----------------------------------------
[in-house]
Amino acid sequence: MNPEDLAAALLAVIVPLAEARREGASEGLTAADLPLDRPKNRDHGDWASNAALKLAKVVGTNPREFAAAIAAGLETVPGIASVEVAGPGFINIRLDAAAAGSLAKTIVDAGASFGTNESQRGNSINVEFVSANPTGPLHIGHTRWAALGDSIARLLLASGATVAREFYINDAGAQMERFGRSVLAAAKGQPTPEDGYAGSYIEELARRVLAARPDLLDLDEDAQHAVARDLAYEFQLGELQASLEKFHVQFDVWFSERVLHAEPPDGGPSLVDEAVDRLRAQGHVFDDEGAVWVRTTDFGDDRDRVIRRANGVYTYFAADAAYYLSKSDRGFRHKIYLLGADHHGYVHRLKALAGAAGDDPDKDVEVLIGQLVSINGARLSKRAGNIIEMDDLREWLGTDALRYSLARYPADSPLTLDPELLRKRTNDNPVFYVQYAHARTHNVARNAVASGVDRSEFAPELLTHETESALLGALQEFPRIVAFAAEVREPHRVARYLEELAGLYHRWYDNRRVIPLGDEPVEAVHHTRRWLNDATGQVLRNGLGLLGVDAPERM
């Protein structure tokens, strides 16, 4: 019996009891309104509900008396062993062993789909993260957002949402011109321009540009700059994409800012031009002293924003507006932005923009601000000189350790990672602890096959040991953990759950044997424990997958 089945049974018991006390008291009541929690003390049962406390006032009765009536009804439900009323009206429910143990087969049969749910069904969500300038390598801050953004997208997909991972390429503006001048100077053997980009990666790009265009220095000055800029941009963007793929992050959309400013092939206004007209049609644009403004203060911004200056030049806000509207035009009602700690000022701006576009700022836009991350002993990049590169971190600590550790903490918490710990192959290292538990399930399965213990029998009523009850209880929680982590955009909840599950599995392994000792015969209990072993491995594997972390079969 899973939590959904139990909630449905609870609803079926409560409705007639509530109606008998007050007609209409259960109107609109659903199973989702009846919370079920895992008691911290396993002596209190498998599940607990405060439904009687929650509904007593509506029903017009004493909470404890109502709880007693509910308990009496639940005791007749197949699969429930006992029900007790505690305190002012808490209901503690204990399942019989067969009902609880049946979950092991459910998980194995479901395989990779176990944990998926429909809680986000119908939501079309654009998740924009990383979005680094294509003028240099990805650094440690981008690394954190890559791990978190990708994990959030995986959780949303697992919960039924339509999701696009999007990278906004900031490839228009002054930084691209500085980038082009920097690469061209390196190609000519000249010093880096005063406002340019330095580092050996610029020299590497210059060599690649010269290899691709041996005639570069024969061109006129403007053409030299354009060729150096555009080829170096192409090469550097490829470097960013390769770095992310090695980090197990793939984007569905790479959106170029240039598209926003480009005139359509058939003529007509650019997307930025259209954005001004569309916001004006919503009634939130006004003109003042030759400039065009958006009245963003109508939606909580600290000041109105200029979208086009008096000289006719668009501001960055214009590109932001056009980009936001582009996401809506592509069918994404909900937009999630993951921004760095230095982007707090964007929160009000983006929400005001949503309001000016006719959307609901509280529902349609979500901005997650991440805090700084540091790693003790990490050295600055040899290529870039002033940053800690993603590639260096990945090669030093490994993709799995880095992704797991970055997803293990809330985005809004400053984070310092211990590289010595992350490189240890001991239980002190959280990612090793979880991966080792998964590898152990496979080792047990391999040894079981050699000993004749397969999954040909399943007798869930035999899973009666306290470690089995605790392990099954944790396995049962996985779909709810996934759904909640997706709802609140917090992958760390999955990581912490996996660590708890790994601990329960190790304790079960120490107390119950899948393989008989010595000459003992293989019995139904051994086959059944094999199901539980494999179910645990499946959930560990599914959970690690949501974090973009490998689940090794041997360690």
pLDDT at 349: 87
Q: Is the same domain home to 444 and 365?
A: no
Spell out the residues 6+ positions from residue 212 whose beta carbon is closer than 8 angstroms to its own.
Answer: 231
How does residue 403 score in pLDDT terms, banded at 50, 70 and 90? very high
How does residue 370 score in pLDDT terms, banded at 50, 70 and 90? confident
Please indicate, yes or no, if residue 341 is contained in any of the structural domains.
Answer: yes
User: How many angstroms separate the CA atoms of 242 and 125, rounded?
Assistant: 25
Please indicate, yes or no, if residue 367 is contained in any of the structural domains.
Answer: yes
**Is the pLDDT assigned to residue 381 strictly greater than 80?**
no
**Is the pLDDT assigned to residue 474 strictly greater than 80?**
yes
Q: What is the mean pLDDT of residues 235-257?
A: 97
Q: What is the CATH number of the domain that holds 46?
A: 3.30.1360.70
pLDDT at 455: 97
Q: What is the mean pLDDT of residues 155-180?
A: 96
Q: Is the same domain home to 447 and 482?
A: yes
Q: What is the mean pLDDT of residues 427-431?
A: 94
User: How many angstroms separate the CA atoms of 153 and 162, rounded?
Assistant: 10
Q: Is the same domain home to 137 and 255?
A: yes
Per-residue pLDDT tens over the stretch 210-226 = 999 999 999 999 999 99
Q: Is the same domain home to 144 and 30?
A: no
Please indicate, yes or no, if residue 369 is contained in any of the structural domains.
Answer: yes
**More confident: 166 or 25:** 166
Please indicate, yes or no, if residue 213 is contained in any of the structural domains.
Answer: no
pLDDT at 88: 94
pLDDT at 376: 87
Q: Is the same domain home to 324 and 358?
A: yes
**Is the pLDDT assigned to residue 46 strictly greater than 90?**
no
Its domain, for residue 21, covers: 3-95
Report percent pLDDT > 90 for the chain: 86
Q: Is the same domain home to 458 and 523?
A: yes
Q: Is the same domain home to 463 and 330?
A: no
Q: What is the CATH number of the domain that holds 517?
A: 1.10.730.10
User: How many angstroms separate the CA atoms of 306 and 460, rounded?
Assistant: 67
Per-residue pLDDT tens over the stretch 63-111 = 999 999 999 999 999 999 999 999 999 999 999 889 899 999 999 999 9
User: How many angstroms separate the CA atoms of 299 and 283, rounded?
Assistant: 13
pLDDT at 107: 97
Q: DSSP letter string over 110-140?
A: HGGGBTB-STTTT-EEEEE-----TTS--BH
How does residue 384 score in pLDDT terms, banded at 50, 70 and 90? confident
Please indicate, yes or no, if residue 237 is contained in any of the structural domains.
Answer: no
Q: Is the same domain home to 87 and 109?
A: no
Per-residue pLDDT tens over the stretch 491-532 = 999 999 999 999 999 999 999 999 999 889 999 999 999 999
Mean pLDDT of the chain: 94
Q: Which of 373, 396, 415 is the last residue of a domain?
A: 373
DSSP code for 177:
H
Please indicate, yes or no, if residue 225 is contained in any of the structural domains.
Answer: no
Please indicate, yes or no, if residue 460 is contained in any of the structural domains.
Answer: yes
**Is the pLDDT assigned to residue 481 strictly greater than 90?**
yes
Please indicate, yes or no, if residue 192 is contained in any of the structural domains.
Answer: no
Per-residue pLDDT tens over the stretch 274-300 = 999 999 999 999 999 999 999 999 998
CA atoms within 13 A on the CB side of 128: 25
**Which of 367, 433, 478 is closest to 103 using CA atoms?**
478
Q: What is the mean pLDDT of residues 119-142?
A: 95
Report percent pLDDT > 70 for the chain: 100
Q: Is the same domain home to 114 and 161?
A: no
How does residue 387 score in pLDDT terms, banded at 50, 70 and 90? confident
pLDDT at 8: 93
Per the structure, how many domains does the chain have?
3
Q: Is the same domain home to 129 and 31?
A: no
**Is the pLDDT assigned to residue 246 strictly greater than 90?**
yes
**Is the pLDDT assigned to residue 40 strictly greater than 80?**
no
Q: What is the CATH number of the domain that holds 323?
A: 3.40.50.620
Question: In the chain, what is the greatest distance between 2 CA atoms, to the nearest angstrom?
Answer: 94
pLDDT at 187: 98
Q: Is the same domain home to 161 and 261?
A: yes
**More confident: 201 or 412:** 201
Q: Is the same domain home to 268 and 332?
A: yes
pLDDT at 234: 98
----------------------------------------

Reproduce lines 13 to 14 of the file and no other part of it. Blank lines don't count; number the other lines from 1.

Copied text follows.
User: How many angstroms separate the CA atoms of 242 and 125, rounded?
Assistant: 25